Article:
What’s the Prognosis?

So, I’m in the middle of a hot fudge sundae after biking through the magical cottonwood drift on the biking trails along the swollen Chena River in Fairbanks, with friends and one of them asks me “what’s your prognosis?”


Choke stutter shrug.

When words finally formed, the message was: I don’t really know. Which is true. Not just for me, but for all the medical professionals that I have worked with, as well. They don’t know either. Not really.

I added “and I don’t want to know”, which was and is true, but when I got home, I couldn’t help myself. I endeavored to look it up. The first time I tried, I ended up cross-eyed and confused and had to take a nap after watching an episode of Lost. Then I took a walk. But I came back to it. What I found was what I mostly already knew. I am over sixty. Point against a good prognosis.

If I were a kid, my prognosis would be good. Period. But as an adult, all those years of living come home to reckon with you, and not to mention that you make all these crazy choices (umm… so I suppose watching the World Cup mid-day last week with a beer in one hand and French Fries in the other is an eloquent example of that). IMG_0866

But. Isn’t part of being a kid frivolous? I mean, what good  do you do the world or anything except your giggling self by running through the sprinkler? Or building forts? With my well tuned ability to justify my actions, I choose to think that some of what I am doing now is BEING A KID. Biking with no spandex and no Hard Body Clothing whatsoever, save a helmet. Walking on the beach. Playing with the dog. Points for a good diagnosis. IMG_0729


The literature is boggling, and uncertain. The bad prognosis includes relapse, secondary cancers, other treatment-caused illness, and my old dance partner, infection. Leukemia isn’t “staged”. I don’t have a tumor to measure or a stage to define my illness. The condition you arrived into care is critical, I know that. Point for me. I checked into the hospital having hiked the Grand Canyon two months earlier. True, two weeks or so before diagnosis when I really felt tired and had no idea why, I mostly hung out on the couch watching Game of Thrones . . . but I had no other illnesses. Not many regrets. Willing to accept angels of any kind. I love to walk, I live in a beautiful place full of nature, I have fabulous friends and a big goofy dog, not to mention a close-knit and wonderful family. Surely those are all good points to even out the age factor. IMG_0035IMG_0030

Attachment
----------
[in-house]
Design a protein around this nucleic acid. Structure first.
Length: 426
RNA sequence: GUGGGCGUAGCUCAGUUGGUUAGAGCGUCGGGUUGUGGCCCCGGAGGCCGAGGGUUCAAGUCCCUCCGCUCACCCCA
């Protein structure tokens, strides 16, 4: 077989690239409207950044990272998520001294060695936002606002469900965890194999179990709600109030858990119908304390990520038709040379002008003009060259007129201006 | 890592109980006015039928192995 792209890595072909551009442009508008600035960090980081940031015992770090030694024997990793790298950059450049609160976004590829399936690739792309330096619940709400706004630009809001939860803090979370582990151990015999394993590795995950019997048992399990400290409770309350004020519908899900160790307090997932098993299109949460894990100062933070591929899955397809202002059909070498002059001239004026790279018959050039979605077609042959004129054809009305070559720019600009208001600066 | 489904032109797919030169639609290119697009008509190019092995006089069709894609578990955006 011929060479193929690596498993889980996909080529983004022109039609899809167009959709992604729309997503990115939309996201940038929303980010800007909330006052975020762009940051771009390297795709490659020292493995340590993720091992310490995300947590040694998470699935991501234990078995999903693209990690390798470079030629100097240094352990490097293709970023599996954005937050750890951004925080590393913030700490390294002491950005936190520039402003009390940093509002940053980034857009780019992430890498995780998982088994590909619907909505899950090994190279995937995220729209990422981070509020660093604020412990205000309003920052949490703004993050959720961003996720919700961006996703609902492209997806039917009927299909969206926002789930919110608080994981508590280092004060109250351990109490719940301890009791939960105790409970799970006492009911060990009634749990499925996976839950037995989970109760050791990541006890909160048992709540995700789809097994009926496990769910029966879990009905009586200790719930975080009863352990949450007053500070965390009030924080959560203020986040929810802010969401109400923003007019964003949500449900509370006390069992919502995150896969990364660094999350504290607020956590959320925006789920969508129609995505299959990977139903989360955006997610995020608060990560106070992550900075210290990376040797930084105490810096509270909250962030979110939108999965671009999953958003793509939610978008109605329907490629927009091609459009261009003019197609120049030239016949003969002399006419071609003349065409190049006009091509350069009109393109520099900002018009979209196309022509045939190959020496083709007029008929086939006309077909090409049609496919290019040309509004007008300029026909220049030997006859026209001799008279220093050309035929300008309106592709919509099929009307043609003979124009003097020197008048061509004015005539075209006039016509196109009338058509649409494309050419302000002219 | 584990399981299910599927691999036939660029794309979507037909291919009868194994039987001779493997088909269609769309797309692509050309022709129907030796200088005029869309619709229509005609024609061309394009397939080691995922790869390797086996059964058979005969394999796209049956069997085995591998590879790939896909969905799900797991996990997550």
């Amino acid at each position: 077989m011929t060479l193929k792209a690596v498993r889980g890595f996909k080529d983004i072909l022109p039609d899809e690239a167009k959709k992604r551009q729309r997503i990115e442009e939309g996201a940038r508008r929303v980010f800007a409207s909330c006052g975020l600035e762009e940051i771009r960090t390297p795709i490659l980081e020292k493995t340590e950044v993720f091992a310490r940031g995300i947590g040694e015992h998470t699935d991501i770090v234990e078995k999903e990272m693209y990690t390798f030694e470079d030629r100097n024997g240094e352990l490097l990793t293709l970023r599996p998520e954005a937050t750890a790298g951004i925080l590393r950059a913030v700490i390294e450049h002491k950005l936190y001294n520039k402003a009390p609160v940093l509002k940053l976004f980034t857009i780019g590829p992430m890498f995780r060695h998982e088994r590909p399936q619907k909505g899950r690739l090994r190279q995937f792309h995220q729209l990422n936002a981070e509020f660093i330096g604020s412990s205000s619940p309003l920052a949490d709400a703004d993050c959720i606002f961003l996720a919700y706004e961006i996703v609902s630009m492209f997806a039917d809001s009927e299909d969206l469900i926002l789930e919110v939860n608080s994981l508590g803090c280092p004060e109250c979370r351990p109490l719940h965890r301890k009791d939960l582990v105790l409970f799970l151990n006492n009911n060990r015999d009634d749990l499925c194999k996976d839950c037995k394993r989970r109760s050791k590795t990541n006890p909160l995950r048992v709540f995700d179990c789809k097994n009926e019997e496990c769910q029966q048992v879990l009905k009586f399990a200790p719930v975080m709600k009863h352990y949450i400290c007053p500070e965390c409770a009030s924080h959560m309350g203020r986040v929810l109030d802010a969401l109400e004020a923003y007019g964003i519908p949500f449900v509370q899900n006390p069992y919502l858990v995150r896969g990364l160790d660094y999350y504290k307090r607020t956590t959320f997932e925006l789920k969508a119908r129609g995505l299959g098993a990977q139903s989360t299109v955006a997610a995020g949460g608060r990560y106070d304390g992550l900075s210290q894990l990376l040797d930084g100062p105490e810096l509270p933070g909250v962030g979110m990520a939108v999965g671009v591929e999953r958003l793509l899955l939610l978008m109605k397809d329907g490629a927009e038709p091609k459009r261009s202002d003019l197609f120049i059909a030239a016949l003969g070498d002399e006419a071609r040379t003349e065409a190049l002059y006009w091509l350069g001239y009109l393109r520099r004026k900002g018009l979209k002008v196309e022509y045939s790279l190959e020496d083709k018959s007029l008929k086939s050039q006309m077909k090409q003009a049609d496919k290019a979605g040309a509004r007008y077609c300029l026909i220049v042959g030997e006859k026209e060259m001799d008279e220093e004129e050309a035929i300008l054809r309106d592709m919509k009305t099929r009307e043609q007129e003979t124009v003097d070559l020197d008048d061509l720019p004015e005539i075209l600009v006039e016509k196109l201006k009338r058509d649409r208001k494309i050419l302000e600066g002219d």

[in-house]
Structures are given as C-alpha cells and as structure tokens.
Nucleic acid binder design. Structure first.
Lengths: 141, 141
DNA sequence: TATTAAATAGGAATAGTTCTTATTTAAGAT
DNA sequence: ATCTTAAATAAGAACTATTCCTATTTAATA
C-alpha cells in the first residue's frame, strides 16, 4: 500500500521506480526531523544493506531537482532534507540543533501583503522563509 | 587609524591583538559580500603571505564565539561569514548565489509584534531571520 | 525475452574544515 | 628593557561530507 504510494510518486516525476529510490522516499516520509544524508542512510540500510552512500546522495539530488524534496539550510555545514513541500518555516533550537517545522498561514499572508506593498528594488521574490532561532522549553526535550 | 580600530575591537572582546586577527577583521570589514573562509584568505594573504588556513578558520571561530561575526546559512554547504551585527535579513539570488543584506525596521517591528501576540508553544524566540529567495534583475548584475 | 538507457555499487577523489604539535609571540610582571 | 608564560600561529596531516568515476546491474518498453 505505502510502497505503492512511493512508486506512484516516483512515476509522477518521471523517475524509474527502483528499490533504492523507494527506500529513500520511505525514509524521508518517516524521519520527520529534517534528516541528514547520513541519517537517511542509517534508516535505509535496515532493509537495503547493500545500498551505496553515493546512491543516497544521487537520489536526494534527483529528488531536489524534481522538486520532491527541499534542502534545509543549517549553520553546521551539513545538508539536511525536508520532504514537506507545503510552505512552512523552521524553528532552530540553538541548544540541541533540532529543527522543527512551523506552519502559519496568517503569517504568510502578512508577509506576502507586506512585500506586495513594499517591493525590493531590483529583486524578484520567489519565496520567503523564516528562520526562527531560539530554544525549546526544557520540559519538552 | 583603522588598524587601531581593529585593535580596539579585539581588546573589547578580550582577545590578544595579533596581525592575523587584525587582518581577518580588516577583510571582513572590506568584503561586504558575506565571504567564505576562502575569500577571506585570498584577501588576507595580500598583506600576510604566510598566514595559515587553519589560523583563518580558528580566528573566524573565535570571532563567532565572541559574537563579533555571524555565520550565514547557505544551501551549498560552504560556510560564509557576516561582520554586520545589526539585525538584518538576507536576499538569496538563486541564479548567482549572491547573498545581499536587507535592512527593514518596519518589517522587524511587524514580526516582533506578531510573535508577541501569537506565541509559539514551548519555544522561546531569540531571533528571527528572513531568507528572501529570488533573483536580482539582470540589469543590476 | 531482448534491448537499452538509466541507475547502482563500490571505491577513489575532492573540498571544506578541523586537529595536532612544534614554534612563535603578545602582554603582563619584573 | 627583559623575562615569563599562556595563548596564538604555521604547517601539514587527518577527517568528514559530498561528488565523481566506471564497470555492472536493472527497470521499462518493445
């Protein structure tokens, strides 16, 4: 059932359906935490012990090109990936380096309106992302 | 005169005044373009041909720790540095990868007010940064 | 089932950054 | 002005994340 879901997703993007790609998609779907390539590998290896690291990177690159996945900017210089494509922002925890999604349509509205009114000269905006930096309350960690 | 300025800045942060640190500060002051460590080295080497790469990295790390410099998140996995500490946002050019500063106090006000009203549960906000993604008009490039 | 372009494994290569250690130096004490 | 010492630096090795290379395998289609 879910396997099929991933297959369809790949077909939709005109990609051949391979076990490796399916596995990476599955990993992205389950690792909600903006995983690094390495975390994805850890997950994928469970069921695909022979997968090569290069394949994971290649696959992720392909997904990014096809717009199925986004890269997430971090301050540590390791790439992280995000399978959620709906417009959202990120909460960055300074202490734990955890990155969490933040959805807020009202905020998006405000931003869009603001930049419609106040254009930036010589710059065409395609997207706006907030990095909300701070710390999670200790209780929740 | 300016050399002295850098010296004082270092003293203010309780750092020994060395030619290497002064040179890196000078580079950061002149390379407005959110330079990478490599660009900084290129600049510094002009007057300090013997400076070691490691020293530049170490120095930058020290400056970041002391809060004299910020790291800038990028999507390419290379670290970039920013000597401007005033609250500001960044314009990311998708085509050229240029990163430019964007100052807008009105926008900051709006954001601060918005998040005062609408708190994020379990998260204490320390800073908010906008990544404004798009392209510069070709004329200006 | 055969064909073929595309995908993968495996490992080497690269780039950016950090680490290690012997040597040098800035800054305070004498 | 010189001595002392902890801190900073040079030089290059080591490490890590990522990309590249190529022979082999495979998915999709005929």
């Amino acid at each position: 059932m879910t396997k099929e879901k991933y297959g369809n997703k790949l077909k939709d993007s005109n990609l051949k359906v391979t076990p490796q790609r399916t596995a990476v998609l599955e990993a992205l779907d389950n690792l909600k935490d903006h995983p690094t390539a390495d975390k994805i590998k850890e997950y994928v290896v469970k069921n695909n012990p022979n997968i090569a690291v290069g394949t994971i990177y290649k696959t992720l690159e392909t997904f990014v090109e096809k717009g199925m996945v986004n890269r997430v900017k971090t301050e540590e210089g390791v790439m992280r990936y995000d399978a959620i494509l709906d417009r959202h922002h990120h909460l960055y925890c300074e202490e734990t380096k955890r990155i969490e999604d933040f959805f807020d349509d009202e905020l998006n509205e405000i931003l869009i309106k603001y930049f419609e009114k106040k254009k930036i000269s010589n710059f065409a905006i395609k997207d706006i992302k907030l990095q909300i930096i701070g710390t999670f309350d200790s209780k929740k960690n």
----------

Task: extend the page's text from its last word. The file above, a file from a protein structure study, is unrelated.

But I can’t get too carried away. After all, these were all in place when I got sick in the first place. So, I asked my oncologist today to answer the prognosis question for me. We had just been discussing my new propensity for sudden bouts of vomiting, not often, mind you, but unexpected and powerful. And CMV numbers are back up, as well as lymphocytes. That’s one of the several white blood cells which can go high if you have an infection… or leukemia.

I have, you may remember, the Philadelphia positive chromosome. This is, according to Wikipedia, “a consequence of fusion between the Abelson (Abl) tyrosine kinase gene at chromosome 9 and the break point cluster (Bcr) gene at chromosome 22, resulting in a chimeric oncogene (Bcr-Abl) and a constitutively active Bcr-Abl tyrosine kinase that has been implicated in the pathogenesis of CML (and leukemia). “

Simple, eh? Everyday, I take 50 Mg. of Dasatinib, which has been developed to selectively inhibit the Bcr-Abl tyrosine kinase. And my latest test, called Bcr-Abl test tells us everything looks good–or at least, the rise in lymphocytes don’t indicate a relapse. This is after my primary doctor and oncologists got very nervous. But the test says it’s infection (to be identified)—this time—not cancer. You could lose sleep over this. Or you could rely heavily on Story to distract and heal, as I have.

My one-year anniversary of the stem cell transplant is August 21. Then I will say one year cancer-free. And God willing and fingers crossed, I will have a second and more years of being cancer-free. I won’t spend much more time on the prognosis question because, quite frankly, it is a point against me. It takes away my ease of mind and gives me worry. I don’t need that. I feel pretty good most of the time, except for those times when I don’t. Good enough to go hiking in the Cascades for 5 hours and feel fine afterwards. Enough to be front and center to mountain wildflowers and glacier cirques, enough to do yoga outside with digger bees and bullfrogs and summer sunshine. Enough to see orca whales pass on the west side and a double rainbow mark their passage. I am so grateful for these moments in life. Gratitude. Point for.